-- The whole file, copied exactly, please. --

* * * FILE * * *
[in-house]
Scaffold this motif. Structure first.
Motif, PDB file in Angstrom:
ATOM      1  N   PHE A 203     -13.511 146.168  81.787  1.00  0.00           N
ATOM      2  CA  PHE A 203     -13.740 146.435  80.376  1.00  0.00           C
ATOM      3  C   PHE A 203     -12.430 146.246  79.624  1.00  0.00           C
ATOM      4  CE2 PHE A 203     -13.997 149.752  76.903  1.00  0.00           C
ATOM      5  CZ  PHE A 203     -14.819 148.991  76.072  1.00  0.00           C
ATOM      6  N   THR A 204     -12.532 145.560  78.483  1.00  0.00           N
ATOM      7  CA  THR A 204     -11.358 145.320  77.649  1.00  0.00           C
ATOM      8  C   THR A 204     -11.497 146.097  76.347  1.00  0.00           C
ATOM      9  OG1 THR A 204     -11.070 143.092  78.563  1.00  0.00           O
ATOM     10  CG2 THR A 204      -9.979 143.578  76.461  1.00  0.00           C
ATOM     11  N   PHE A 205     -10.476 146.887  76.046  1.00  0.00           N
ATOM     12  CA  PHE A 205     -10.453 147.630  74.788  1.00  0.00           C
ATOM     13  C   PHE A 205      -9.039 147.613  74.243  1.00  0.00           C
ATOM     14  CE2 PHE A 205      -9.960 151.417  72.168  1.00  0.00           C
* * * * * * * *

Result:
[in-house]
Scaffold this motif. Structure first.
Motif, PDB file in Angstrom:
ATOM      1  N   PHE A 203     -13.511 146.168  81.787  1.00  0.00           N
ATOM      2  CA  PHE A 203     -13.740 146.435  80.376  1.00  0.00           C
ATOM      3  C   PHE A 203     -12.430 146.246  79.624  1.00  0.00           C
ATOM      4  CE2 PHE A 203     -13.997 149.752  76.903  1.00  0.00           C
ATOM      5  CZ  PHE A 203     -14.819 148.991  76.072  1.00  0.00           C
ATOM      6  N   THR A 204     -12.532 145.560  78.483  1.00  0.00           N
ATOM      7  CA  THR A 204     -11.358 145.320  77.649  1.00  0.00           C
ATOM      8  C   THR A 204     -11.497 146.097  76.347  1.00  0.00           C
ATOM      9  OG1 THR A 204     -11.070 143.092  78.563  1.00  0.00           O
ATOM     10  CG2 THR A 204      -9.979 143.578  76.461  1.00  0.00           C
ATOM     11  N   PHE A 205     -10.476 146.887  76.046  1.00  0.00           N
ATOM     12  CA  PHE A 205     -10.453 147.630  74.788  1.00  0.00           C
ATOM     13  C   PHE A 205      -9.039 147.613  74.243  1.00  0.00           C
ATOM     14  CE2 PHE A 205      -9.960 151.417  72.168  1.00  0.00           C